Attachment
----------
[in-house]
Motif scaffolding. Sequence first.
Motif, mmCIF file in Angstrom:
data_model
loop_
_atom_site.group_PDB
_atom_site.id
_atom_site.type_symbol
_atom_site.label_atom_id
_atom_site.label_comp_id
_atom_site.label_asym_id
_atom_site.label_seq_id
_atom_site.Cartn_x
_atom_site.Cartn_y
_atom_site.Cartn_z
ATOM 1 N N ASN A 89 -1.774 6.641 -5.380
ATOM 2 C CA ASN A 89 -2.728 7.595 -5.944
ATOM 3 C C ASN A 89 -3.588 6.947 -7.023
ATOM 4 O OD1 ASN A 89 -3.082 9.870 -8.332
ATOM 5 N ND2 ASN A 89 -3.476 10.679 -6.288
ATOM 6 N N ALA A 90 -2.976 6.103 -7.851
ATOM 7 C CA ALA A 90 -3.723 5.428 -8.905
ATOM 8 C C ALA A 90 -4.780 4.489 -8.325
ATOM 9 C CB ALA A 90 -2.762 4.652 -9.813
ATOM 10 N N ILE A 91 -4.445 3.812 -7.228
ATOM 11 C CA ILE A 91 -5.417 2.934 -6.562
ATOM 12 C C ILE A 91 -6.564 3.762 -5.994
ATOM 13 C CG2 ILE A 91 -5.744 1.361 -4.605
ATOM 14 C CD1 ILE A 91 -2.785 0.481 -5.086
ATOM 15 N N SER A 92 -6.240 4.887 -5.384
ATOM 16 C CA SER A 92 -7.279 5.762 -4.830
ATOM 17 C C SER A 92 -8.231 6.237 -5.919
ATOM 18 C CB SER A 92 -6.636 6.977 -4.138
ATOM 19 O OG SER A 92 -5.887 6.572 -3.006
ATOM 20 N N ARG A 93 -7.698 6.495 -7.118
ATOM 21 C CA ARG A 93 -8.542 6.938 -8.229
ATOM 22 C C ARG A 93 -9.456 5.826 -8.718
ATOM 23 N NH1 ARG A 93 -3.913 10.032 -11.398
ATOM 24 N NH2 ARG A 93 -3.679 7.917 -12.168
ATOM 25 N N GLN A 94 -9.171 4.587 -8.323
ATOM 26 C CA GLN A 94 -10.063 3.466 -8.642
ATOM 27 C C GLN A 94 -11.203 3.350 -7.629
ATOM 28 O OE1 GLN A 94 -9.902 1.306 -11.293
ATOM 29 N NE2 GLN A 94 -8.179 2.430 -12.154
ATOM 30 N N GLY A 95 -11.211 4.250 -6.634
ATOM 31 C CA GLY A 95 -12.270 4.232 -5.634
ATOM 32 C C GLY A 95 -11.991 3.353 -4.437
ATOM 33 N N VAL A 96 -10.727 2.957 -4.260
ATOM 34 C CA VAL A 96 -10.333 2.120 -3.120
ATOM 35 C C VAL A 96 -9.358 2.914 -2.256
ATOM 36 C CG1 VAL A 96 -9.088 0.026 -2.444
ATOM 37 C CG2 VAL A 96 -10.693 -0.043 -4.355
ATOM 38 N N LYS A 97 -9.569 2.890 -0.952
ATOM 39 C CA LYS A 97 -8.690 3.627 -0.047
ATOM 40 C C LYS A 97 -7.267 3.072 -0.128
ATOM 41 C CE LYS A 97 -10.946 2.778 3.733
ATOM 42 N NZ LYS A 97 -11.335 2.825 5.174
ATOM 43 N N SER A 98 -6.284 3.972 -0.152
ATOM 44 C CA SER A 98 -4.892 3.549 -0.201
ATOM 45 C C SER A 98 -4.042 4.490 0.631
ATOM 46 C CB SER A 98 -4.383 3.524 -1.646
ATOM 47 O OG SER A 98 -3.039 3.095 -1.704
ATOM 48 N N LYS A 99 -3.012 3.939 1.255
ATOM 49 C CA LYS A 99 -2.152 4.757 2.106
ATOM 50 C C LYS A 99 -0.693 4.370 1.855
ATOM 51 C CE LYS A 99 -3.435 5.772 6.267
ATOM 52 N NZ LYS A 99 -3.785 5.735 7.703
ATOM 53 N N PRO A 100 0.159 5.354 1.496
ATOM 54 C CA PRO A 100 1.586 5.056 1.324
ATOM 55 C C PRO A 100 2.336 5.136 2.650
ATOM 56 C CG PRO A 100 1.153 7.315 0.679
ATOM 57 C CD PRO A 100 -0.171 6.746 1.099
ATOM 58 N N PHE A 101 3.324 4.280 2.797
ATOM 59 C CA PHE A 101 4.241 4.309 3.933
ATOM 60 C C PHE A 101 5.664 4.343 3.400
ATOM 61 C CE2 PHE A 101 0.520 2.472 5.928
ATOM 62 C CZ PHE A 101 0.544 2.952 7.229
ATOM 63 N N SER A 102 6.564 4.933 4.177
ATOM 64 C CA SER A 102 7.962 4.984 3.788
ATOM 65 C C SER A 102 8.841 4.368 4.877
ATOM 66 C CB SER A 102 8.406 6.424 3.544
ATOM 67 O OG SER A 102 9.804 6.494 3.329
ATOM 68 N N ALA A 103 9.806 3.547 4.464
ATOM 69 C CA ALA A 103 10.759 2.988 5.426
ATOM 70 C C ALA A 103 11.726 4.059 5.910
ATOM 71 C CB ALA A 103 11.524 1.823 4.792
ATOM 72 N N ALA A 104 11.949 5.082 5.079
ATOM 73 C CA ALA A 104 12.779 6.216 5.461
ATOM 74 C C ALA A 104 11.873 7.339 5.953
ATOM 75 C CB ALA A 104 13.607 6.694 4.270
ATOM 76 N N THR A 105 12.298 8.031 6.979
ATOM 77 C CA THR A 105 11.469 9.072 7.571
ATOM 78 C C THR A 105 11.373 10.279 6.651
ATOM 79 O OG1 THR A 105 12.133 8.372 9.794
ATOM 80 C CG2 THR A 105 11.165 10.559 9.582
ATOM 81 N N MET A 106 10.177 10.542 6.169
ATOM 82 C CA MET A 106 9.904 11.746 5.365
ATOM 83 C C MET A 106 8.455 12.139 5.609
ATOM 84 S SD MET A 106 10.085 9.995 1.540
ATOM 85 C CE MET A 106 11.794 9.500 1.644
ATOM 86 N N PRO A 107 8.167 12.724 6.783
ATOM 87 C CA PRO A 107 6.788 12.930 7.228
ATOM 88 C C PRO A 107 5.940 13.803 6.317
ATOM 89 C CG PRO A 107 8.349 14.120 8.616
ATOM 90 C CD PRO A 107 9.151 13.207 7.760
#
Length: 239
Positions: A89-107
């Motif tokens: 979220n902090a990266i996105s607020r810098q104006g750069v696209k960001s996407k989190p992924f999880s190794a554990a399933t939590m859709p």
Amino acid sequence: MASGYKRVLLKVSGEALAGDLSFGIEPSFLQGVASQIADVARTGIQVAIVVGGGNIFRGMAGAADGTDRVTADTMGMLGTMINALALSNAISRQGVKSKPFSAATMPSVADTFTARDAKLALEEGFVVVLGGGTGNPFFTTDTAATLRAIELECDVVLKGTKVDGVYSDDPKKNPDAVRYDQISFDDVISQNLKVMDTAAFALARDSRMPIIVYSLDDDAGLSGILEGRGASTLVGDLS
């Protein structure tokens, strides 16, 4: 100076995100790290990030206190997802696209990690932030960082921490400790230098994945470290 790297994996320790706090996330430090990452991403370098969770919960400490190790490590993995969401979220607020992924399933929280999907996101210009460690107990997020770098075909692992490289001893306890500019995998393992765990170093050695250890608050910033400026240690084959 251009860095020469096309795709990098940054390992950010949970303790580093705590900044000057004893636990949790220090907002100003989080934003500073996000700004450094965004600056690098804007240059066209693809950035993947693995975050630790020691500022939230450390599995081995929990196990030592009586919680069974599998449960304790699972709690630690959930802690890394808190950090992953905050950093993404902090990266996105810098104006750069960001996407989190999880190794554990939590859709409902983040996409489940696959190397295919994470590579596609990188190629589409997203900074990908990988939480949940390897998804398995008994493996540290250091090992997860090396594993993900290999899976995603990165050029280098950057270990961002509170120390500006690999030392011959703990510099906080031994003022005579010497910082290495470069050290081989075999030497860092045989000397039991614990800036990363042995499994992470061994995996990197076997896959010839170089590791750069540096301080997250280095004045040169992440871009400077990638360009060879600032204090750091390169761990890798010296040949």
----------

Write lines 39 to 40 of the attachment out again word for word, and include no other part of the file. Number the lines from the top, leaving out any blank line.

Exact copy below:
ATOM 24 N NH2 ARG A 93 -3.679 7.917 -12.168
ATOM 25 N N GLN A 94 -9.171 4.587 -8.323